The Wellesley Centers for Women kicks off its Fall Lunchtime Seminar Series with programs held Thursdays through November 1st at the Centers’ Cheever House location (1/2 mile westbound from the College’s route 16 entrance). Many of the programs will be recorded and audio and MP3 files will be posted online at: www.wcwonline.org/audioarchive.
· Lunchtime seminars are free and open to the College community and the general public.
· Bring your lunch, we’ll provide tea and coffee.
· Reservations are not required.
October 4, 2012 – 12:30 p.m. with Peggy McIntosh, Ph.D. and Emmy Howe, AFA, B.A., M.Ed.
Using Teachers’ and Students’ Experiences to Widen and Deepen School and College Curricula
The curriculum of school or college classes is usually set by adults and requires students to be outer-directed. The National SEED (Seeking Educational Equity and Diversity) Project fosters a progressive and experiential balance between the knowledge that students receive from schooling and the knowledge that they themselves bring to it. SEED Co-director Emily Style says of her English classes, “Half the curriculum walks in the door when the students do.” In this seminar, Howe and McIntosh will model two kinds of SEED classroom exercises that allow students and teachers to take seriously their own life experiences as sources of knowledge, “balancing the scholarship on the shelves,” as Style notes, “with the scholarship in the selves.”
October 11, 2012 – 12:30 p.m. with Amy Hoffman, MFA
Do Tell: Reclaiming LGBT History for the LGBT Movement
Reclaiming and reframing history has been even more important for the LGBT movement than it has been for other identity-based movements–because the history and culture is not passed down to LGBT individuals by their families, communities, or the larger culture. In this talk, Hoffman examines the recovery, content, and use of LGBT history by LGBT activists and scholars. A writer and community activist, Hoffman has been an editor at Gay Community News (GCN), South End Press, and the Unitarian Universalist World magazine. She has served on the boards of GCN, Sojourner, Gay and Lesbian Advocates and Defenders (GLAD), and the Boston Lesbian and Gay History Project and as a judge of the Lambda Literary Awards.
October 18, 2012 – 12:30 p.m. with Linda Charmaraman, Ph.D. and Rosa Lau, B.F.A.
Educational Equity for Girls of Color: A Multi-level Media Strategy
Partnering with Boston-based Teen Voices to produce a short video series, this year-long collaborative multi-media project, funded by the Schott Foundation for Public Education, was designed to understand and reveal key issues related to the educational equity of girls of color. In the video series, teens are featured as the experts and agents of their own learning experiences; they offer examples of effective strategies and solutions for decreasing the achievement gap. The series also highlights different perspectives across educators, afterschool mentors, administrators, and policymakers.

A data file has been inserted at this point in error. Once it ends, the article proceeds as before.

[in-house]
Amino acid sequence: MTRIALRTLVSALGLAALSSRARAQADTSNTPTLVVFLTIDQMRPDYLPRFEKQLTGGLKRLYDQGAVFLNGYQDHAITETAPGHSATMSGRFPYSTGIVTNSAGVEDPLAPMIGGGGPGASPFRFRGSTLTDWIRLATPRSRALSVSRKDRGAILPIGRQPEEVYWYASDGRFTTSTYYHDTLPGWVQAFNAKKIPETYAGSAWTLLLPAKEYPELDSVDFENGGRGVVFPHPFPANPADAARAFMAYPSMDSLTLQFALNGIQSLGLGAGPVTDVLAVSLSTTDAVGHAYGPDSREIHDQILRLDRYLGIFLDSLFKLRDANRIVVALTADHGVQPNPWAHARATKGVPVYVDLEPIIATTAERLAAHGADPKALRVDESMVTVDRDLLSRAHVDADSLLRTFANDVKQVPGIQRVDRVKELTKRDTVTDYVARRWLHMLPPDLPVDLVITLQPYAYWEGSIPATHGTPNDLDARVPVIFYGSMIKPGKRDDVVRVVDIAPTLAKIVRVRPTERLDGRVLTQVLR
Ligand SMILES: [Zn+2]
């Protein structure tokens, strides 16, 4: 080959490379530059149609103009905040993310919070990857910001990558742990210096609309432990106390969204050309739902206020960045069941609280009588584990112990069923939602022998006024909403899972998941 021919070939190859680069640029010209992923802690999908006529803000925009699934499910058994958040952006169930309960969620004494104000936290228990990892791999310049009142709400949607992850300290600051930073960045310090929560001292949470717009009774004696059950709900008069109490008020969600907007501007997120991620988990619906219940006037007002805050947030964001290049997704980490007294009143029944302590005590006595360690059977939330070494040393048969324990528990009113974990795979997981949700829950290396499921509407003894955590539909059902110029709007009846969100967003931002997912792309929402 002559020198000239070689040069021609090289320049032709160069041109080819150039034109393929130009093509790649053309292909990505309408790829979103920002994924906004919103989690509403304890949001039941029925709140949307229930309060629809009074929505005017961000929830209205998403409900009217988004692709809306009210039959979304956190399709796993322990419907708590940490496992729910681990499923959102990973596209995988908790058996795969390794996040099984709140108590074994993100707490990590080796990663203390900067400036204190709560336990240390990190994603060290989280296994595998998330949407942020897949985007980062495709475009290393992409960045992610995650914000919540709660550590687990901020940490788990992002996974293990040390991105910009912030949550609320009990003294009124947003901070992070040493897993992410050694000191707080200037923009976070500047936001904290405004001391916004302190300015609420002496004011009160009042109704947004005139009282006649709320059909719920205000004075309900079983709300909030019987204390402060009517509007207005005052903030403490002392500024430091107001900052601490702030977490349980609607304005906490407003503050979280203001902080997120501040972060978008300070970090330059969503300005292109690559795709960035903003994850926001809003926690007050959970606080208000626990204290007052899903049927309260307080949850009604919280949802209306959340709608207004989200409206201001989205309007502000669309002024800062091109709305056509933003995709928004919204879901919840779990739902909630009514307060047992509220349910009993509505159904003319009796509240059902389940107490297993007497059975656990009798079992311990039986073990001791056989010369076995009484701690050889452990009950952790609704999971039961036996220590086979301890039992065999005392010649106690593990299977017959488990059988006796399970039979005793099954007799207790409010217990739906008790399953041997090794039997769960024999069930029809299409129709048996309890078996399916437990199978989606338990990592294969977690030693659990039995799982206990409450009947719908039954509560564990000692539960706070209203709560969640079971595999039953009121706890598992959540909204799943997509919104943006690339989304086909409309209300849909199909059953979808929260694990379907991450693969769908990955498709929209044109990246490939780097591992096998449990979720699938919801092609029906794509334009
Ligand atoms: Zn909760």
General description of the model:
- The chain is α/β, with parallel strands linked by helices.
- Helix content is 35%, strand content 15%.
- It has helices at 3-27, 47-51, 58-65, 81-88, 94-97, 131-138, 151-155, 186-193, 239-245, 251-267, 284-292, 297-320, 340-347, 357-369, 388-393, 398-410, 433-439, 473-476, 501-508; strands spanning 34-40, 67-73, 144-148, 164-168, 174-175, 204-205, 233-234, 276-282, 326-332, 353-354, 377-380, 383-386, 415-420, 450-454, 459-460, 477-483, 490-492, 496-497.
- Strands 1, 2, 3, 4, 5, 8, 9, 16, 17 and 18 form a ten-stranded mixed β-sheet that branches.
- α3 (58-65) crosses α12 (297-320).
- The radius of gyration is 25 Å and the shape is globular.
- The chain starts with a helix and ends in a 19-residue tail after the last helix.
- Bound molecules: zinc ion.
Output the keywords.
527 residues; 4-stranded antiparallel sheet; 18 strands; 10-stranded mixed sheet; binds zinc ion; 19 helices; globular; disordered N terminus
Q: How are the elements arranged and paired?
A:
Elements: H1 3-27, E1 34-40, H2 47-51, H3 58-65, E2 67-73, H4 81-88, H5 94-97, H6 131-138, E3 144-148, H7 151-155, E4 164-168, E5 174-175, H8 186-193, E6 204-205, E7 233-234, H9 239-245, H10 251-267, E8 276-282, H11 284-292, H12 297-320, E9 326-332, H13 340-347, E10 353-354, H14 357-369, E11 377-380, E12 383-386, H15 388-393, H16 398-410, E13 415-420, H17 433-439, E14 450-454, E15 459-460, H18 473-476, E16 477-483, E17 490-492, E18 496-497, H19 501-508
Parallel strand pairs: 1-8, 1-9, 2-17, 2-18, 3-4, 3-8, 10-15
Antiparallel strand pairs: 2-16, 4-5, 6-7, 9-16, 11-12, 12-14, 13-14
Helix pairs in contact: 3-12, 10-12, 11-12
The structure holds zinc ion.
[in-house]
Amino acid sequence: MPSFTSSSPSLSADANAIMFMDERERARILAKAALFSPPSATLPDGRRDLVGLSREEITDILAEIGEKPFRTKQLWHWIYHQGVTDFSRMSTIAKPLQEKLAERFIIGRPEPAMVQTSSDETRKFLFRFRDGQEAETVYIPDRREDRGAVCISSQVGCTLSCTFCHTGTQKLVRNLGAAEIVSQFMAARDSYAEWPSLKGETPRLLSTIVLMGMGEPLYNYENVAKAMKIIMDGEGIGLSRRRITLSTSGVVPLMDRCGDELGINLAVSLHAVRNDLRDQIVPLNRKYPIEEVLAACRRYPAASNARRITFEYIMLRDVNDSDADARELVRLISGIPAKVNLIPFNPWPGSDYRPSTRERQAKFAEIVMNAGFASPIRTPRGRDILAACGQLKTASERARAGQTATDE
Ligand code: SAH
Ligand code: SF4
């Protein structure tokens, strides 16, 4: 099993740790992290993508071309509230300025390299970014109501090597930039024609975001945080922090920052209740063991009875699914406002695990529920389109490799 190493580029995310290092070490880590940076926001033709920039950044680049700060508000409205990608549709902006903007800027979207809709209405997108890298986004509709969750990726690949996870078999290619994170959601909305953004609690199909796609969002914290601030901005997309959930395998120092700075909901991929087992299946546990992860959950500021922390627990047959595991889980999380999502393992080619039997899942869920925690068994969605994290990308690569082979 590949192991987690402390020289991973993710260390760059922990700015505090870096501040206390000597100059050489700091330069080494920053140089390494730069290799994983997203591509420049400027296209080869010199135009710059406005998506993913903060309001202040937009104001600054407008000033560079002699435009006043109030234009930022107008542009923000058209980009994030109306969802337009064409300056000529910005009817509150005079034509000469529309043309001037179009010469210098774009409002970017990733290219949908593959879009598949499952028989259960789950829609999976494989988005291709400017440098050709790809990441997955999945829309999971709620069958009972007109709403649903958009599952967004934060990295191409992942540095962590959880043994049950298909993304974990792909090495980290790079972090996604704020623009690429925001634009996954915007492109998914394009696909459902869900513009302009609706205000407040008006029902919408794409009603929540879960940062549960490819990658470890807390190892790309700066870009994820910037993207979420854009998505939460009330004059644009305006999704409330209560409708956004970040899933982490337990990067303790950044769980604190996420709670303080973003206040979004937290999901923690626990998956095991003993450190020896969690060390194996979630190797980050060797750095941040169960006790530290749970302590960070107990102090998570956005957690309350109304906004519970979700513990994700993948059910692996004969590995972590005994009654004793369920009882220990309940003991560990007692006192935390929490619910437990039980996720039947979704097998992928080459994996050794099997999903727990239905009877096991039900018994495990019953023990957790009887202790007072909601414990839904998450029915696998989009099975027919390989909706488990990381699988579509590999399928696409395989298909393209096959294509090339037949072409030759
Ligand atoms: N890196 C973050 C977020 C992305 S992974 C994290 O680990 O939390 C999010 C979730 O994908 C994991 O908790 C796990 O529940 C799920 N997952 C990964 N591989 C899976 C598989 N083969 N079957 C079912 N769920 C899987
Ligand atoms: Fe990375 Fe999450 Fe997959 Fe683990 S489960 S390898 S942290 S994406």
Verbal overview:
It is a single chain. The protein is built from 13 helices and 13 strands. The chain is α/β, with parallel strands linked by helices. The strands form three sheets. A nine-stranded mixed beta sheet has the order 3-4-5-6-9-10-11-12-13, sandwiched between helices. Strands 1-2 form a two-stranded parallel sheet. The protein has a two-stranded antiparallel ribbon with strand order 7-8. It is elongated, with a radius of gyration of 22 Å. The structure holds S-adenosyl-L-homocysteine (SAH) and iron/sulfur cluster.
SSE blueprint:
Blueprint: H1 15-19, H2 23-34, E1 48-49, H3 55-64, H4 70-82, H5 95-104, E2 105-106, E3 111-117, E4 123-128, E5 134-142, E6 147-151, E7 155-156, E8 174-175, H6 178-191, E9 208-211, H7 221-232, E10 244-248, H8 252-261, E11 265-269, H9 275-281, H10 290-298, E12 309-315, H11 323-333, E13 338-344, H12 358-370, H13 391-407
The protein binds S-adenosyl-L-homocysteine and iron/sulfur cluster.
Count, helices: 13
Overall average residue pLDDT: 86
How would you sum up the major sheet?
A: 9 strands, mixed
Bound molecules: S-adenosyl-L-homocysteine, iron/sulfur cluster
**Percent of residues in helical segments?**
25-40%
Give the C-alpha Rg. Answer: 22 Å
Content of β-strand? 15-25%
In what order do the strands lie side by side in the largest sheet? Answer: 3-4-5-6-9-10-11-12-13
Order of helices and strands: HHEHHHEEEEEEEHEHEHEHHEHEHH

The goal of the project is to offer community-based and social media opportunities for dialogue about dispelling stereotypes and dismantling barriers to success for young women of color. In this presentation, Charmaraman and Lau will discuss their journey during the project and show video clips from the series.
October 25, 2012 – 12:30 p.m. with Jennifer Grossman, Ph.D.
“The Talk”: How Teen Parents Talk about Sex with the Next Generation
This presentation will look at the qualitative interviews from 32 parents/guardians whose 7th grade children are part of the “Get Real” evaluation program, a three-year comprehensive sex education program for grades 6, 7, and 8. The interviews cover parents’ experiences of sexual communication in their families of origin, and how sexual education and experiences shape how parents approach sexual communication with their own teen children. Grossman will share findings from this study, and compare how teen parents and older parents in the sample talk about these issues.
November 1, 2012 – 12:30 p.m. with Nan D. Stein, Ed.D.
The Shift from Teen Dating Violence to Healthy Relationship Promotion: Losing the Gender Perspective
Stein will discuss the terms used to teach about interpersonal violence among youth in K-12 schools have undergone a shift in the last few decades. The vocabulary previously utilized, such as “teen dating violence” or “rape prevention education” has morphed into “healthy relationship promotion,” silencing the salience of both gender and violence. The preponderance of male violence in interpersonal relationships as confirmed by a variety of surveys and crime reports has been transformed into explanations that present relationship violence is one that is mutually created, sustained, and experienced equivalently by males and females. Whether prevention education on teen dating violence to students in middle and secondary schools is implemented by staff from sexual assault and domestic violence agencies or is conducted by school district personnel through health education classes, a requirement that unfortunately is in decline in public education, gender neutrality seems to prevail.
Please confirm the schedule 24 hours in advance of programs by visiting www.wcwonline.org/calendar or by calling 781 283 2500.
The Wellesley Centers for Women is one of the largest gender-focused research-and-action organizations in the world. Scholars at the Centers conduct social science research and evaluation, develop theory and publications, and implement training programs in issues that put women’s lives and women’s concerns at the center. Since 1974, our work has generated changes in attitudes, practices, and public policy. Learn more at www.wcwonline.org.